Music teacher Mark Johnson leads Ivy Stockwell third-graders along the trail in their “Livin’ Out West” showcase on Feb. 12. Parents and grandparents delight in watching and listening to the students play their horns and sing the songs of the West. The singing is only part of the showcase program and artwork adorned the hallways of the school.
Homeschooling: A Growing National Trend
By Laurie Hindman
According to the National Center for Education Statistics (NCES) homeschooling is growing in popularity, with approximately 1.5 million U.S. children learning at home in 2007, an increase of 74 percent from when the Department of Education first began tracking the trend in 1977.
A 2007 survey conducted by NCES found the top reasons why parents elect home education are concerns about the school environment (including safety, drugs and peer pressure), a desire to provide religious or moral instruction, a dissatisfaction with instruction at public schools and an interest in non-traditional approach to education.
Home schools range from the conventional to the eclectic and everything in between, with some parents opting for all inclusive, pre-packaged curriculum while others prefer to choose instructional materials from a variety of sources. Still others are followers of the “unschooling” philosophy believing that education should be driven by real life experiences including play, household responsibilities, social interaction, and outdoor activity.
Berthoud is home to numerous homeschooling families, and homeschool co-ops and networks. Over the next few weeks, the Berthoud Recorder will explore state laws regulating homeschooling, as well as the Thompson school district perspective and regulations. We will profile area families who have elected to educate their children at home, exploring their reasons for homeschooling, the curriculum and homeschool philosophies, as well as their perspective on the rewards and pitfalls of schooling at home.
Because the U.S. Constitution and the Bill of Rights do not specifically address education, home schooling is an issue for each state. While it is legal in all fifty states, some states are more “homeschool friendly” than others. Massachusetts, Minnesota and New York for example, are heavily regulated requiring home visits and curriculum approval.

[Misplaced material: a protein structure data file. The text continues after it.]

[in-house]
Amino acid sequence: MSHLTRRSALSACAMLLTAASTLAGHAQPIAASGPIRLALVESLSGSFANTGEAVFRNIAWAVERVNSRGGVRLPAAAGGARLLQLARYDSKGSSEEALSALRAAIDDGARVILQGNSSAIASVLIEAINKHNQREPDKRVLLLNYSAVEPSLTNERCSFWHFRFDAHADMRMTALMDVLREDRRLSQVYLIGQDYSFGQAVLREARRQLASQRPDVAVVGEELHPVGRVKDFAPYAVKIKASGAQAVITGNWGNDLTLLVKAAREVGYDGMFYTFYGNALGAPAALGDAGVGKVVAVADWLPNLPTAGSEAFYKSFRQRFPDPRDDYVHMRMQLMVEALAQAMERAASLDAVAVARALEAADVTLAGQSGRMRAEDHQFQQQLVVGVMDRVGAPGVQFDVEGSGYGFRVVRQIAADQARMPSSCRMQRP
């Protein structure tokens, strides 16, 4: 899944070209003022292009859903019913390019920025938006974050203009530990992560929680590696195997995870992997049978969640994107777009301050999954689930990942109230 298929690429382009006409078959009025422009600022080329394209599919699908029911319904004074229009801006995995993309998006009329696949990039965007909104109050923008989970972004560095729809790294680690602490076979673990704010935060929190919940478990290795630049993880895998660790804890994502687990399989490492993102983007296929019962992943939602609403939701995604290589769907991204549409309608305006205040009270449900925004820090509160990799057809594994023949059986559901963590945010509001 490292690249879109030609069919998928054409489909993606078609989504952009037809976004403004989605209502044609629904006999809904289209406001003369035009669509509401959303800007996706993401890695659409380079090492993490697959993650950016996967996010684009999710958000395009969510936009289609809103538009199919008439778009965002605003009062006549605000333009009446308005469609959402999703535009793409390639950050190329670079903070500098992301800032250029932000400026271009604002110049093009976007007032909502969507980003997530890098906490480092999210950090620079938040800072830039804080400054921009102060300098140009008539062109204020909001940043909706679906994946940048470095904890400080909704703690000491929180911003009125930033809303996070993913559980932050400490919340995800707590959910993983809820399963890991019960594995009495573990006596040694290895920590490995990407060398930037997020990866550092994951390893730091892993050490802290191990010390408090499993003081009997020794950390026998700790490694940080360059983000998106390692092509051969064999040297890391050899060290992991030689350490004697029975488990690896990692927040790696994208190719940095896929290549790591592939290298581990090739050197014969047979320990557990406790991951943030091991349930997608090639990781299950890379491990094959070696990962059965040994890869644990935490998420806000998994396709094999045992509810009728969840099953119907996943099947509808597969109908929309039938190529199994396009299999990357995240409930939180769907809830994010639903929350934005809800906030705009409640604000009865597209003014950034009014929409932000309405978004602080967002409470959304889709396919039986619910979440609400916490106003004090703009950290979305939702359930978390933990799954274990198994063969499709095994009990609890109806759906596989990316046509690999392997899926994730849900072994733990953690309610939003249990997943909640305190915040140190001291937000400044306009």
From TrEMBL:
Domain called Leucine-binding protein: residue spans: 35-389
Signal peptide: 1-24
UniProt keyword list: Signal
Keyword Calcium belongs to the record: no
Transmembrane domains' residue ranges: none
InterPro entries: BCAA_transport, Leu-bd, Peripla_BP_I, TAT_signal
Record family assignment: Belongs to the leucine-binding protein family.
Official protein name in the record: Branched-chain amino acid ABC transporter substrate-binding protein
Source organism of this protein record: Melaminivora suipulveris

In comparison, the state of Colorado is fairly liberal in its regulation of homeschooling. The law declares it is “the primary right and obligation of the parent to choose the proper education and training for children” and that homeschooled education is “a legitimate alternative to classroom attendance for the instruction of children.” Parents are required to notify their school district in writing of their intent to home school.
Other requirements include tracking hours (like public schools, homeschooled students must include no less than 172 days of instruction, averaging four hours of instruction per day) and providing instruction in areas including reading, writing and speaking, mathematics, history, civics, literature, science and the Constitution of the United States. Homeschooled students must be evaluated at grades three, five, seven, nine, and 11 by a nationally recognized standard achievement test such as the Iowa Skills and Achievement or the Woodcock Johnson test.
Colorado law also states that a child may elect to attend their school district part-time and that the district is entitled to count the child as enrolled. Homeschooled students may participate in extracurricular or interscholastic activities, such as chess club or science fairs, at their designated school regardless of their status.
To be enrolled part-time in the Thompson School District a student needs to participate in at least 90 hours of instruction per semester. For an elementary school student this translates into roughly four and a half hours per week, for a middle school student about three classes per semester and for a high school student about two classes per semester.
Dennis Rastetter, Director of Student Outreach for the Thompson School District, said the District tries to work with homeschooling parents to help them achieve the best education for their children. “Our schools have been pretty open to homeschoolers and have tried to be flexible in accommodating part-time students,” he said, “We are a family-friendly district.”
<p><span style=”font-size: x-small;”><span style=”font-family: times new roman,times;”>Music teacher Mark Johnson and Ivy Stockwell third-graders. </span></span></p>